Eight years after its sale fetched more than $66 million, the office tower at One South Street in downtown Baltimore sold last month for $24 million, a markdown that could be a barometer for the city’s commercial real estate industry.
Commercial real estate prices across the country are slumping and many downtowns are struggling with vacant office space. The sale of One South Street — a 30-story building that opened in 1992 — appears to be the first post-pandemic sale of a downtown office tower in Baltimore.
The seller, Virginia-based American Real Estate Partners, confirmed the short sale to New York-based BHN Associates and said in a statement that it will continue to manage the property. Spokesperson Louise Boulton-Lear called the building “a Baltimore landmark with iconic architecture, a strategic location and world-class views.”
Stephen Walters, an economist and professor emeritus at Loyola University Maryland, said he’s never been inside the 479,000-square-foot building, but he was stunned to learn it sold for less than half its 2015 sales price.
“If there’s not something terribly unique about this building, I would really worry that this is a terrible leading indicator that there’s been a massive reduction in the demand for downtown space,” Walters said.
Terri Harrington, a commercial real estate broker, said a lot has changed in the eight years since One South Street last sold. There was a pandemic. More people work remotely. Businesses want newer offices with more amenities. Every downtown office building faces these challenges, Harrington said.
Harrington pointed out that several high-profile tenants have left or plan to leave downtown Baltimore in recent years, including Transamerica, Bank of America, T. Rowe Price and Pandora. Pandora is moving its North American headquarters to New York, while the other three are headed for newer buildings in Harbor Point and Harbor East.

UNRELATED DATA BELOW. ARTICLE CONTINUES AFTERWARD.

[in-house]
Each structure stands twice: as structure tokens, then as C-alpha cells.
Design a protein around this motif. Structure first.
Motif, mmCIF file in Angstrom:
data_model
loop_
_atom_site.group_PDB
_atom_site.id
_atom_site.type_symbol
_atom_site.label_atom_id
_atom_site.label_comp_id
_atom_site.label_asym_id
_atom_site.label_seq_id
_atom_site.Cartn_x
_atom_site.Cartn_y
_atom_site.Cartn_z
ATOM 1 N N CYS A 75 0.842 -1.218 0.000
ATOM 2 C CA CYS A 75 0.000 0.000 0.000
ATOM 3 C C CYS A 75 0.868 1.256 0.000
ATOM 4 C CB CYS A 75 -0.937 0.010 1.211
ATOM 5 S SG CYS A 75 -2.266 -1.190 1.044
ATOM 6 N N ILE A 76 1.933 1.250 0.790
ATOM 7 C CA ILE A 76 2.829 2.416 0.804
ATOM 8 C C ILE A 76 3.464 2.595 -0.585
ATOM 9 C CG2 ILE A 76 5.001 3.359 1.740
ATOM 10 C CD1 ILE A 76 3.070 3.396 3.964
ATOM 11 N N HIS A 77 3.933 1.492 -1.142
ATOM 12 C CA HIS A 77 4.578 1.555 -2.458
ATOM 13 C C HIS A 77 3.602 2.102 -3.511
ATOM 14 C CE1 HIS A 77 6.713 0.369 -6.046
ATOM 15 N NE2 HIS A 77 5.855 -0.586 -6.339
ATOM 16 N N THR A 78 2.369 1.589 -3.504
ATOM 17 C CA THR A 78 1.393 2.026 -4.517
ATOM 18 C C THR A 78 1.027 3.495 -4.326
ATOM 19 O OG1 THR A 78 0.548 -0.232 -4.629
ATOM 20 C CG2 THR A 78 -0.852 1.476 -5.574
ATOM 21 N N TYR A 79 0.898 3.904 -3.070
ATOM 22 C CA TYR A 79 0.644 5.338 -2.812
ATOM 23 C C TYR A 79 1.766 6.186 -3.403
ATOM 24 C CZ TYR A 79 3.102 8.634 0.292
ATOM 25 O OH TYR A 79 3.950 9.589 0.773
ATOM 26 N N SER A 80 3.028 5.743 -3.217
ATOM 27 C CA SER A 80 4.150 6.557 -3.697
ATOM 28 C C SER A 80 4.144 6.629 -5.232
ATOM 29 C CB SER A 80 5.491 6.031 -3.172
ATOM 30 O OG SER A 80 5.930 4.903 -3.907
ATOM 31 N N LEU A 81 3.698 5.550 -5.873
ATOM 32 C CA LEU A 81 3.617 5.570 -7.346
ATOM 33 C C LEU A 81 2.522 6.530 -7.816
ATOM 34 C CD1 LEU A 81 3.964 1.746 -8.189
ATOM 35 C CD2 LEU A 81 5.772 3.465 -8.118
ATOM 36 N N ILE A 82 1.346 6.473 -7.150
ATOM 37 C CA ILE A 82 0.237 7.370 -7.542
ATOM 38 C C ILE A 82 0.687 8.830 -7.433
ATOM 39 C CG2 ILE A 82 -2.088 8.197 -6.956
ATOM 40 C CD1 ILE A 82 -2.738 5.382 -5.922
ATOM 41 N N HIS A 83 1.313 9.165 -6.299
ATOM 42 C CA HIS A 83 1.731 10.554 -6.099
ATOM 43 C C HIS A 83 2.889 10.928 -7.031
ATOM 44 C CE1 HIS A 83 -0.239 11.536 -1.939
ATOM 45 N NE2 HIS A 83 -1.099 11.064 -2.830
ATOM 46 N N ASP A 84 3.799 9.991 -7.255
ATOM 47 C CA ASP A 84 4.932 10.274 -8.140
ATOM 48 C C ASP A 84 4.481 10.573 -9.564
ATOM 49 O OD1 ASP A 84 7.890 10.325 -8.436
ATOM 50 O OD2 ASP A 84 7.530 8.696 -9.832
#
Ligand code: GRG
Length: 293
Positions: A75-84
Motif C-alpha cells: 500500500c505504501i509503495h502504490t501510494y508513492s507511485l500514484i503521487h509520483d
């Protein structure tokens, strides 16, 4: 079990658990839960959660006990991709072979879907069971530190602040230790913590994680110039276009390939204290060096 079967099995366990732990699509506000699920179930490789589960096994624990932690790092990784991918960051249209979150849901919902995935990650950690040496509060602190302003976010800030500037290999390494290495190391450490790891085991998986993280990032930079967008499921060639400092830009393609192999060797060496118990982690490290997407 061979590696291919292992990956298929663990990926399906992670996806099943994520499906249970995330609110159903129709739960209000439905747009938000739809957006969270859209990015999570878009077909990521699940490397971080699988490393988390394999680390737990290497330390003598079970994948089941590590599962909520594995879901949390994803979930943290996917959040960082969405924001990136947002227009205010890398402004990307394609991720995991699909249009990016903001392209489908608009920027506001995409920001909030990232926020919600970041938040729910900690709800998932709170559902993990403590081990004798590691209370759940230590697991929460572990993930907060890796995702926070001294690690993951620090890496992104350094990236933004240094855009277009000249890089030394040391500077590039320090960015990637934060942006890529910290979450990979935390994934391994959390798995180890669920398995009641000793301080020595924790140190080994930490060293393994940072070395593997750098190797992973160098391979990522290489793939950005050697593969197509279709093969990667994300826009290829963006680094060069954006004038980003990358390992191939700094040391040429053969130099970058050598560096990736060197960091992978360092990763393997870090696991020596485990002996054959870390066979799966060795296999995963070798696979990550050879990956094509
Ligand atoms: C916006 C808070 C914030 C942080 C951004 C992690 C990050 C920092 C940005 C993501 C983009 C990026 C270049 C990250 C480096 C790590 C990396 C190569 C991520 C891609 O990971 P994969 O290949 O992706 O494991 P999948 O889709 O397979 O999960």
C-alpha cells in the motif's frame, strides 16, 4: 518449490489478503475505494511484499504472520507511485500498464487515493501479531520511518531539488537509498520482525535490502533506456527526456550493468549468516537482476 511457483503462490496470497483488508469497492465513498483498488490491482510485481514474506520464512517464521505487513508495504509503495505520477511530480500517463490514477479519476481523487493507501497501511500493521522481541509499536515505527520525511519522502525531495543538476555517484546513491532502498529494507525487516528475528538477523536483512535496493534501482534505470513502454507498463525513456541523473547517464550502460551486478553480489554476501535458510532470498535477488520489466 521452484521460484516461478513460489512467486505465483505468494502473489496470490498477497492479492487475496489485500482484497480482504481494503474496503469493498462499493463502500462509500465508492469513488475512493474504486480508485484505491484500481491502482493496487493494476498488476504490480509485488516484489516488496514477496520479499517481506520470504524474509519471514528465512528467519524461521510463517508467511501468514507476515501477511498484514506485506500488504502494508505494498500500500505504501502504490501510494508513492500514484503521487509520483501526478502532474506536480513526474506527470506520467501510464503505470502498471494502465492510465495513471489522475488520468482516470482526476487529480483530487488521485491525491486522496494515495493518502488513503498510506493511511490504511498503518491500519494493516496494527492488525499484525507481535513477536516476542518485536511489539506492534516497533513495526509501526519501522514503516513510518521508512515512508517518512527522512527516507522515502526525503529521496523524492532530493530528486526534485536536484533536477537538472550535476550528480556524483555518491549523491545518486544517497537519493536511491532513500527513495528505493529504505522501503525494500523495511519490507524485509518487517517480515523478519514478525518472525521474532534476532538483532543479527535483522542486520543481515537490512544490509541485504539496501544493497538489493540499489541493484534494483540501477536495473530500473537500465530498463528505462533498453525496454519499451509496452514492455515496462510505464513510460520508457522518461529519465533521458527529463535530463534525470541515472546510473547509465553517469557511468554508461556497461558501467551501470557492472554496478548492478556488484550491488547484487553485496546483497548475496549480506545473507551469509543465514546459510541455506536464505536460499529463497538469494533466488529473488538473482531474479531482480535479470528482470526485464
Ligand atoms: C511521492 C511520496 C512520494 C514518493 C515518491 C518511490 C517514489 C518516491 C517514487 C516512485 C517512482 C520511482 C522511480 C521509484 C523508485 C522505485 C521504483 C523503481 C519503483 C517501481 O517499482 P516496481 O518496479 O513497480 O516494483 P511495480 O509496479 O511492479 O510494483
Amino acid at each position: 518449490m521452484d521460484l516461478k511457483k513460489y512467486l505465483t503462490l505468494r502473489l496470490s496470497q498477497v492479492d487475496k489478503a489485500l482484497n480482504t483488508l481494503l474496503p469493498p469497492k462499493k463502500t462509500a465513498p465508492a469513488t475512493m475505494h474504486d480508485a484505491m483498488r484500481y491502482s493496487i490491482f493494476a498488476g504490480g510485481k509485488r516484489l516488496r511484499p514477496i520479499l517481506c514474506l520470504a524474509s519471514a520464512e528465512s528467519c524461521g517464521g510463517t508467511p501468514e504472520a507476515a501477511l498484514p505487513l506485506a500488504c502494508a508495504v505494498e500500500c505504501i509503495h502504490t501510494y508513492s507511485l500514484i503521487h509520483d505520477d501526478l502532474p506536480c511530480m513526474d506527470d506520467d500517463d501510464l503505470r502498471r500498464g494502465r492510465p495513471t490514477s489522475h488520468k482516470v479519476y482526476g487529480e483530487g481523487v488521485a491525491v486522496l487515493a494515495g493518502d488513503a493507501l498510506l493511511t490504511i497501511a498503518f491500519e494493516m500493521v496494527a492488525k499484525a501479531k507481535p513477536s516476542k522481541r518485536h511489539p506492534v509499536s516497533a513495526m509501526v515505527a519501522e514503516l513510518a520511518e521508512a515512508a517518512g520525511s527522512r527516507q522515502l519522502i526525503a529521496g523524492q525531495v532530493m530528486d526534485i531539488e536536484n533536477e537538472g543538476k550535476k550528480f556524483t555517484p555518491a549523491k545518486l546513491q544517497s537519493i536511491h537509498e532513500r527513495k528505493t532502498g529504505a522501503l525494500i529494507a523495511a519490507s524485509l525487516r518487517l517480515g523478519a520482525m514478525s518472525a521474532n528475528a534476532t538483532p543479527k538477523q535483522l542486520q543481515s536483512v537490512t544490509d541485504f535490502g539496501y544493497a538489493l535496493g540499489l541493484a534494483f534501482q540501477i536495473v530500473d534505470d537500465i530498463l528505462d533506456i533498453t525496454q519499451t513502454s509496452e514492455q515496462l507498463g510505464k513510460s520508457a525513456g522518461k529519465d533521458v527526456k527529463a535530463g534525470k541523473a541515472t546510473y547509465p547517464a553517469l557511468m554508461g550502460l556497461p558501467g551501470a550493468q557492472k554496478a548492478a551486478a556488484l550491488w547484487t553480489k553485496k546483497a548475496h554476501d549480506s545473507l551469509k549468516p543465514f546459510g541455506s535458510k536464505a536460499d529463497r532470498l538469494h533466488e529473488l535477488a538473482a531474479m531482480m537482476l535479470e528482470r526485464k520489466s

“Occupancy drives value and many buildings downtown are struggling to maintain that occupancy,” Harrington said. “I also believe you are going to see other buildings in the same boat.”
Harrington said the management of One South Street has done a “great job” of retaining tenants and that its sale is a vote of confidence in downtown. A report from the data analytics firm CoStar showed the building was 5% vacant at the time of its sale in June. Meanwhile, office space in downtown Baltimore has an average vacancy rate of 20%, according to the real estate company Newmark Group.
The anchor tenant of One South Street is Stifel, an investment banking firm. The tower is one of the tallest buildings in Baltimore. According to a research guide by civil engineering students at the Johns Hopkins University, the lead architect was Geraldine C. Pontius of RTKL Associates Inc.
Unlike the housing market, where homes are constantly selling and renters typically have 12-month leases, office towers like One South Street trade hands much less frequently and their tenants have multiyear deals. According to Luis Quintero, an economics professor at the Johns Hopkins Carey Business School, that makes it harder to draw definitive conclusions about the commercial real estate market.
Quintero did not want to put too much stock in the sale of a single building, but he said the decrease in sales price does reflect a broader trend in commercial real estate. The market is adjusting, he said, and the sale of One South Street could mean that nearby buildings are also worth less.
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If more office space goes vacant and property values decline, the city could see a reduction in both property and income tax revenue, Quintero said.
Mordy Wider, senior director at BHN, said One South Street is the first Baltimore acquisition for his firm, which owns properties throughout the Northeast. He said BHN’s partner in this purchase is Silver Equity, a skin care holdings company.
Wider is bullish about Baltimore and believes the downtown is undervalued.
“People are scared of office markets generally,” Wider said. “Baltimore is going to be a different story.”
Wider rattled off several reasons to be optimistic about downtown Baltimore. Thousands of state employees will commute to downtown in the coming years when agencies at the aging State Center complex relocate from Mid-Town. Those agencies will bring Maryland Capitol Police, which in turn will bring a stronger sense of security, Wider said. There are several office-to-residential conversion projects underway downtown, which will decrease vacant office space and increase foot traffic, he said. Plus, there are the Ravens and Orioles stadiums and the newly renovated CFG Bank Arena nearby.
With the right tax incentives from the city, Wider believes downtown Baltimore is poised for a rebirth and could even lure back some former tenants.
“We believe downtown is going to be better than Harbor East in the next five years,” Wider said.
This article has been corrected to show the building was last sold in 2015. The Sun regrets the error.